Measurement of Postdischarge Nausea and Vomiting for Ambulatory Surgery Patients: A Critical Review and Analysis

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Abstract

Approximately one-third of patients experience nausea and vomiting after discharge from ambulatory surgery settings, yet there have been no clear and definitive instruments used to measure it. A critical review and analysis of the measurement of postdischarge nausea and vomiting was conducted. Twenty-eight articles met the inclusion criteria. Four studies (14.3%) used instruments with documented reliability and validity. Telephone calls were used in 21 (76%) studies to interview patients, and seven studies (25%) used a mail-in investigator-developed diary or questionnaire. Most studies (22) obtained data at 48 hours; 13 of those obtained data exclusively at 24 hours. Definitions, measurement, and clinical outcomes were defined differently in each study.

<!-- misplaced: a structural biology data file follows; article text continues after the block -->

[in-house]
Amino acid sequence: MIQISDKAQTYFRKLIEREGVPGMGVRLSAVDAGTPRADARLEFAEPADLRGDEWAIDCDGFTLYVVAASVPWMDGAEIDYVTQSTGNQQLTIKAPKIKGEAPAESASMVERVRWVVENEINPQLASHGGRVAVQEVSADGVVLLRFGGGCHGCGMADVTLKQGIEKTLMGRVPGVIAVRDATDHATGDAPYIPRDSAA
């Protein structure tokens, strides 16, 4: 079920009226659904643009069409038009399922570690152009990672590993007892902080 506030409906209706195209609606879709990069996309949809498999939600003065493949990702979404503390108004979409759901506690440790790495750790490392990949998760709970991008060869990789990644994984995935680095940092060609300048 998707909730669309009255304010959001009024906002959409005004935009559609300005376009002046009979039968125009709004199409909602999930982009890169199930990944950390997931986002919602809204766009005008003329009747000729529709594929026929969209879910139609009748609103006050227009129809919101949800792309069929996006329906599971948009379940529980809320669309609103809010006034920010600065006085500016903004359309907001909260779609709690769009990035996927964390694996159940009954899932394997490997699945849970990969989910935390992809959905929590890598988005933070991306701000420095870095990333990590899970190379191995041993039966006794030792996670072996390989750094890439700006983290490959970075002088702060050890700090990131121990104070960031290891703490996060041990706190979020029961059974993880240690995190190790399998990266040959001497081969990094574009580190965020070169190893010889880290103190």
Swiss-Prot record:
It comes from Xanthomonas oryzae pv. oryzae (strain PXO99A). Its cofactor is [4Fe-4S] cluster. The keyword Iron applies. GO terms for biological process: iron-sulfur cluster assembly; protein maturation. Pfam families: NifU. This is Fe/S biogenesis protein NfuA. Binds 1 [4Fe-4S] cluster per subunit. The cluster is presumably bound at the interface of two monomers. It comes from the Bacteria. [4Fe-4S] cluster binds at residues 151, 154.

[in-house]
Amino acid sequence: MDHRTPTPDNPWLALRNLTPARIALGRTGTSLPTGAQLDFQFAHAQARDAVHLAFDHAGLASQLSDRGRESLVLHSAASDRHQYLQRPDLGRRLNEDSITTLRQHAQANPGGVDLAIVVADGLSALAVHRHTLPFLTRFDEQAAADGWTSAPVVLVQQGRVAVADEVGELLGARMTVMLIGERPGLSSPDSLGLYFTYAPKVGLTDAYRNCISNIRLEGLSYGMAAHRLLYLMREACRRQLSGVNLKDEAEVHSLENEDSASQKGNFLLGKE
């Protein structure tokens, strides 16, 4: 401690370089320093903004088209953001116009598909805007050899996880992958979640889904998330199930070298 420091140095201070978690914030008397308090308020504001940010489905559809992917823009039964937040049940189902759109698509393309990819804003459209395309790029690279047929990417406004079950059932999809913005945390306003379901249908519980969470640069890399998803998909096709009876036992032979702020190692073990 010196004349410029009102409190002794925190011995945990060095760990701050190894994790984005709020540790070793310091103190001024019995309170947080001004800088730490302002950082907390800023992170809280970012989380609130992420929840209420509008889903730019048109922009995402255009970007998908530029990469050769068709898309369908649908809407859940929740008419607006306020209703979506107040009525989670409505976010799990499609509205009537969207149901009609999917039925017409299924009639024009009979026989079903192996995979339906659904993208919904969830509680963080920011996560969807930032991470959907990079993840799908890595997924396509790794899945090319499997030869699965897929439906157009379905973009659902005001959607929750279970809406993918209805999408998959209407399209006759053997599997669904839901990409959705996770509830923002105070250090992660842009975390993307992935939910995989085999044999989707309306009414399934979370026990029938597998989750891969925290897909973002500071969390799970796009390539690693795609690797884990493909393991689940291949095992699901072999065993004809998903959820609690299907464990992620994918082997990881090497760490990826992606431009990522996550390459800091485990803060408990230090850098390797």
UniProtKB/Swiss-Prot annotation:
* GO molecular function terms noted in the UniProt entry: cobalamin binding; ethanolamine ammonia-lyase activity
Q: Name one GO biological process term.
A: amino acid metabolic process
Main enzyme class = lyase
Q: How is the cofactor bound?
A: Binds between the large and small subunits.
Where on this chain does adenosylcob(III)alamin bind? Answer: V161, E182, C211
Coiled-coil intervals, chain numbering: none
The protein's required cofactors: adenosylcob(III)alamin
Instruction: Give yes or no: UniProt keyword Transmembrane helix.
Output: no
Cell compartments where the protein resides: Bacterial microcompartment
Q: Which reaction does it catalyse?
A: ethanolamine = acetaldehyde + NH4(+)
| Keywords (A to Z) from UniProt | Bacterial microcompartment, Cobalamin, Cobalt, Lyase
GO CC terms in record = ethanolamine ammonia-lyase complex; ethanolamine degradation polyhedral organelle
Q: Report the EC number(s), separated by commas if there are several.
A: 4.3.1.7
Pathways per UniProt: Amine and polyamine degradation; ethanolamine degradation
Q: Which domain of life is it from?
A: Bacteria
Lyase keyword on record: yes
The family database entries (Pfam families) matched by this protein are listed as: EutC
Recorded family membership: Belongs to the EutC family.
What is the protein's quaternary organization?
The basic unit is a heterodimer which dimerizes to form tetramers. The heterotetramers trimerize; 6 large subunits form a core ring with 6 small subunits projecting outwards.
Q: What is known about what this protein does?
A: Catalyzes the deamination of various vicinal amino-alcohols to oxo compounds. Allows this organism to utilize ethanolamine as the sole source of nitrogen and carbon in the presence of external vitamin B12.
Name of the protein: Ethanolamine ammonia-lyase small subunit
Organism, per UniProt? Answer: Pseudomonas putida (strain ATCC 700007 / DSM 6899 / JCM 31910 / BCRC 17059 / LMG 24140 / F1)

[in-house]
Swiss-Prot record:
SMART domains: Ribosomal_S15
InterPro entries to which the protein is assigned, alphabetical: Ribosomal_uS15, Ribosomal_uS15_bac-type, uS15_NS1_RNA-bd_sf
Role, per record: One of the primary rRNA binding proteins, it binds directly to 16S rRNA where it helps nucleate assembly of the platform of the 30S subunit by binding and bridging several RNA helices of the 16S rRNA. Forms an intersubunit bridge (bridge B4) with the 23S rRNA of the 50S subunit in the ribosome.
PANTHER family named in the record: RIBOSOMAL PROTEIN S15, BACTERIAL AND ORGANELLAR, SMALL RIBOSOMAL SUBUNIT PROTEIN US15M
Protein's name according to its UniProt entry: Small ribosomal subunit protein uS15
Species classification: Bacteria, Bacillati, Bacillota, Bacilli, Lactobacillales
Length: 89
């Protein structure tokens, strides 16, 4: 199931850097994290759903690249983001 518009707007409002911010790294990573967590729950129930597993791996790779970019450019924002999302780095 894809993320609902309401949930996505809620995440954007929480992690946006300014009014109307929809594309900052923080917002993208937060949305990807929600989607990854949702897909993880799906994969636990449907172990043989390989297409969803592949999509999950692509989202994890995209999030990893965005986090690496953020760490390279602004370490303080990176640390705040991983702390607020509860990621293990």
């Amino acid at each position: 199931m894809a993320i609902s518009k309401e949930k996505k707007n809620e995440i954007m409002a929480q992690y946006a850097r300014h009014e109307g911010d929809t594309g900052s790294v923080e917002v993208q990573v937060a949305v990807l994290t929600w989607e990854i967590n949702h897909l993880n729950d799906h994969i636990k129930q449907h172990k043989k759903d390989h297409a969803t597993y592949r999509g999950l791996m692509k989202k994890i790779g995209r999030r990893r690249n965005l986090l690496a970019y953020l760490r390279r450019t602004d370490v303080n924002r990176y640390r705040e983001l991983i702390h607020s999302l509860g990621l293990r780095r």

Of the instruments examined, the Ambulatory Surgery Inventory of Nausea, Vomiting, and Retching and Functional Living Index-Emesis provide the possibility for outcome standardization. Although both instruments possess strengths, more study is needed to advance the measurement of nausea and vomiting in the postdischarge ambulatory surgery patient.

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